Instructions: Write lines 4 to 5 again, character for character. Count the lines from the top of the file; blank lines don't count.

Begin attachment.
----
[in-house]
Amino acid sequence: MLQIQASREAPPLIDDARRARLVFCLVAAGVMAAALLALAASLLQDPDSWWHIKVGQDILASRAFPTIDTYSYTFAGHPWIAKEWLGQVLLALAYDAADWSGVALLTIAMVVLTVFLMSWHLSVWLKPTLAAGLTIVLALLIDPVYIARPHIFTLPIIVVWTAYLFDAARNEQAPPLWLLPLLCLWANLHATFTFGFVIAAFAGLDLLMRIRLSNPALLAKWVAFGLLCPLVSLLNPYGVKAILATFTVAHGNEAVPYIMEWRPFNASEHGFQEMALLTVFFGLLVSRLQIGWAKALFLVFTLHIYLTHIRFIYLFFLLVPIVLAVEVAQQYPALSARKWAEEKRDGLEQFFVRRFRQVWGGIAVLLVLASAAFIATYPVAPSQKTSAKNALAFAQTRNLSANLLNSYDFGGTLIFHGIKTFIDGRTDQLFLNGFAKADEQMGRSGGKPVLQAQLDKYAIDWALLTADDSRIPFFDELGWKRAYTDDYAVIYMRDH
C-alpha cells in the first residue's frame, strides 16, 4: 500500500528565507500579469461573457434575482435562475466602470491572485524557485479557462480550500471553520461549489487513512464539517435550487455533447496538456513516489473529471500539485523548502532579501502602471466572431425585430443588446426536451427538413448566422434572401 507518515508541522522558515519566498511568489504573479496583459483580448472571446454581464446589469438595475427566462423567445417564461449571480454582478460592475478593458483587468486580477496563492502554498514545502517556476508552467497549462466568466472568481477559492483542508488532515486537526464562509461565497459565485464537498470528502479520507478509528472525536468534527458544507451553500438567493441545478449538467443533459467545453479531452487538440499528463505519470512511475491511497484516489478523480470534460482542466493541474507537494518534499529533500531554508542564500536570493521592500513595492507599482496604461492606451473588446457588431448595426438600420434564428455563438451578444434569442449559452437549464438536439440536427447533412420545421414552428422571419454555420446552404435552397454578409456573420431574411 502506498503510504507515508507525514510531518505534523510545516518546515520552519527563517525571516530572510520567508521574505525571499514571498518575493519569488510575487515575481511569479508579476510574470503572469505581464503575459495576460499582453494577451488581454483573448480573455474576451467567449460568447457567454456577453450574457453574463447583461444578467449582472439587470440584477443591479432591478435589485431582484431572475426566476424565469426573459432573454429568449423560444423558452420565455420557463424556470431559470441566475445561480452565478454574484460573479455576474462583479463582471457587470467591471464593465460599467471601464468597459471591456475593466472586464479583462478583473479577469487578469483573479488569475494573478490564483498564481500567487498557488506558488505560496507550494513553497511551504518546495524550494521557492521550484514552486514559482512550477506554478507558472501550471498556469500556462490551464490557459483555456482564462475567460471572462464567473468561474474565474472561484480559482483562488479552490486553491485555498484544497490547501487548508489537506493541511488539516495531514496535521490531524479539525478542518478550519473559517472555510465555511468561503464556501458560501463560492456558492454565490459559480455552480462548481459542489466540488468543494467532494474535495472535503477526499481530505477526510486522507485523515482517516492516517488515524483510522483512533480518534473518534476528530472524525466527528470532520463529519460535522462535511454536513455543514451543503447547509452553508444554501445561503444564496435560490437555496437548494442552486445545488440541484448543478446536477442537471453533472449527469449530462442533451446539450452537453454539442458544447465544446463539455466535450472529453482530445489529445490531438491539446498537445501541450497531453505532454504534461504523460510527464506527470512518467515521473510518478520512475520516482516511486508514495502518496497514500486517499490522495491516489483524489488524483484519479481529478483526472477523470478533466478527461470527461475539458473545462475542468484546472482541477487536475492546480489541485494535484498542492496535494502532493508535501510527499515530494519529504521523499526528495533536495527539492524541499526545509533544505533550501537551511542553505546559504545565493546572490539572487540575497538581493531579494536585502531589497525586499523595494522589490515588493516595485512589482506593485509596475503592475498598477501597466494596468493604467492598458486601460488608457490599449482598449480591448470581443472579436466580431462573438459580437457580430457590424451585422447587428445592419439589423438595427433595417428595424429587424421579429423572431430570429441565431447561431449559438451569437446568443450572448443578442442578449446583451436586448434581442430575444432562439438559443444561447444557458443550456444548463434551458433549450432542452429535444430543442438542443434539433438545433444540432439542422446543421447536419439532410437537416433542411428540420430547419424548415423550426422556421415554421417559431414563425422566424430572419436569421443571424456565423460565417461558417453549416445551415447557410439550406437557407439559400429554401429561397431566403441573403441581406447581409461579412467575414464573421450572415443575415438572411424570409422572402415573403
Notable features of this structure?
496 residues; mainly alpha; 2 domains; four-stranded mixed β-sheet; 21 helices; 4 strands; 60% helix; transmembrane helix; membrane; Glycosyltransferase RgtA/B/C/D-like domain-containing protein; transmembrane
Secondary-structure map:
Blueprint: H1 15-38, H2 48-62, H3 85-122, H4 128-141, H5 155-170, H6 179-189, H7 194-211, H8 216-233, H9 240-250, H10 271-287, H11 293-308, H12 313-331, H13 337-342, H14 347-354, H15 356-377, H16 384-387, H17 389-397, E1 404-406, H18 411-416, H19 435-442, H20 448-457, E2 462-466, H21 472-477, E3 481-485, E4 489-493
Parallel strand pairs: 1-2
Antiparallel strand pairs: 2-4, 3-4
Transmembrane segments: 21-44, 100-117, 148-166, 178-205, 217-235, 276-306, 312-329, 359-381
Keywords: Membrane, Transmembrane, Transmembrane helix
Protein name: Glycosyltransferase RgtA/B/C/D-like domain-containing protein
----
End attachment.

Notable features of this structure?
496 residues; mainly alpha; 2 domains; four-stranded mixed β-sheet; 21 helices; 4 strands; 60% helix; transmembrane helix; membrane; Glycosyltransferase RgtA/B/C/D-like domain-containing protein; transmembrane